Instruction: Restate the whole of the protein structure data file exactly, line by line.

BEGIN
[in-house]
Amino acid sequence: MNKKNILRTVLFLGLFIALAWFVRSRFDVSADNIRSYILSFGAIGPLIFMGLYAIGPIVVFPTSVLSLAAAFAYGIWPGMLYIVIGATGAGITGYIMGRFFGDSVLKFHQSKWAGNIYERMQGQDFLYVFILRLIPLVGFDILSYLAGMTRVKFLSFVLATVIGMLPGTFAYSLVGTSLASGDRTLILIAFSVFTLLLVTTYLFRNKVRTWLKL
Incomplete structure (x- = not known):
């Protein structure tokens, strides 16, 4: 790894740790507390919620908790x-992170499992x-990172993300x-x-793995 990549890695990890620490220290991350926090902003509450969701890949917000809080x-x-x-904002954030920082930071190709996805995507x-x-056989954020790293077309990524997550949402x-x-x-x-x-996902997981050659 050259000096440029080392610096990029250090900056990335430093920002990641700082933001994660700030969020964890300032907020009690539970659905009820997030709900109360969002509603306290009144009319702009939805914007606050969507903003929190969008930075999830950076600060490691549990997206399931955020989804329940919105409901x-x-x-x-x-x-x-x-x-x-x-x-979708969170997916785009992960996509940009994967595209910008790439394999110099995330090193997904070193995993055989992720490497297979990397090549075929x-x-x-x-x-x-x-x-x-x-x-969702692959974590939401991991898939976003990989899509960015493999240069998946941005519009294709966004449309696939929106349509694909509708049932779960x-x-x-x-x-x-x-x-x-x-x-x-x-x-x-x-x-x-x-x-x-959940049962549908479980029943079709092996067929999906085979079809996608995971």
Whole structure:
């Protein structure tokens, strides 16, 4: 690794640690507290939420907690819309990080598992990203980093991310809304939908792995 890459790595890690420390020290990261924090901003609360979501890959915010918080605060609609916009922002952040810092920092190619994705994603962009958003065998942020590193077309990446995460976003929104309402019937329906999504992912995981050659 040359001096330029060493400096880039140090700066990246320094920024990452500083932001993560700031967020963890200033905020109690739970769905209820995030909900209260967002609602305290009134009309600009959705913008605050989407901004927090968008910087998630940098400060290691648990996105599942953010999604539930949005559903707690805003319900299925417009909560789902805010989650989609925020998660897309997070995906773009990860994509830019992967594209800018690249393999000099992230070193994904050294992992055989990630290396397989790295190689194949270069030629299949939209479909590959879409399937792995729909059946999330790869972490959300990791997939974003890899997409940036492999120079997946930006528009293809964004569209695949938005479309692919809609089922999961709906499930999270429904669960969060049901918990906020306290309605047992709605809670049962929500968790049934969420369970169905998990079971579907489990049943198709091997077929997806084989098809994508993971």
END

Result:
[in-house]
Amino acid sequence: MNKKNILRTVLFLGLFIALAWFVRSRFDVSADNIRSYILSFGAIGPLIFMGLYAIGPIVVFPTSVLSLAAAFAYGIWPGMLYIVIGATGAGITGYIMGRFFGDSVLKFHQSKWAGNIYERMQGQDFLYVFILRLIPLVGFDILSYLAGMTRVKFLSFVLATVIGMLPGTFAYSLVGTSLASGDRTLILIAFSVFTLLLVTTYLFRNKVRTWLKL
Incomplete structure (x- = not known):
């Protein structure tokens, strides 16, 4: 790894740790507390919620908790x-992170499992x-990172993300x-x-793995 990549890695990890620490220290991350926090902003509450969701890949917000809080x-x-x-904002954030920082930071190709996805995507x-x-056989954020790293077309990524997550949402x-x-x-x-x-996902997981050659 050259000096440029080392610096990029250090900056990335430093920002990641700082933001994660700030969020964890300032907020009690539970659905009820997030709900109360969002509603306290009144009319702009939805914007606050969507903003929190969008930075999830950076600060490691549990997206399931955020989804329940919105409901x-x-x-x-x-x-x-x-x-x-x-x-979708969170997916785009992960996509940009994967595209910008790439394999110099995330090193997904070193995993055989992720490497297979990397090549075929x-x-x-x-x-x-x-x-x-x-x-969702692959974590939401991991898939976003990989899509960015493999240069998946941005519009294709966004449309696939929106349509694909509708049932779960x-x-x-x-x-x-x-x-x-x-x-x-x-x-x-x-x-x-x-x-x-959940049962549908479980029943079709092996067929999906085979079809996608995971």
Whole structure:
């Protein structure tokens, strides 16, 4: 690794640690507290939420907690819309990080598992990203980093991310809304939908792995 890459790595890690420390020290990261924090901003609360979501890959915010918080605060609609916009922002952040810092920092190619994705994603962009958003065998942020590193077309990446995460976003929104309402019937329906999504992912995981050659 040359001096330029060493400096880039140090700066990246320094920024990452500083932001993560700031967020963890200033905020109690739970769905209820995030909900209260967002609602305290009134009309600009959705913008605050989407901004927090968008910087998630940098400060290691648990996105599942953010999604539930949005559903707690805003319900299925417009909560789902805010989650989609925020998660897309997070995906773009990860994509830019992967594209800018690249393999000099992230070193994904050294992992055989990630290396397989790295190689194949270069030629299949939209479909590959879409399937792995729909059946999330790869972490959300990791997939974003890899997409940036492999120079997946930006528009293809964004569209695949938005479309692919809609089922999961709906499930999270429904669960969060049901918990906020306290309605047992709605809670049962929500968790049934969420369970169905998990079971579907489990049943198709091997077929997806084989098809994508993971």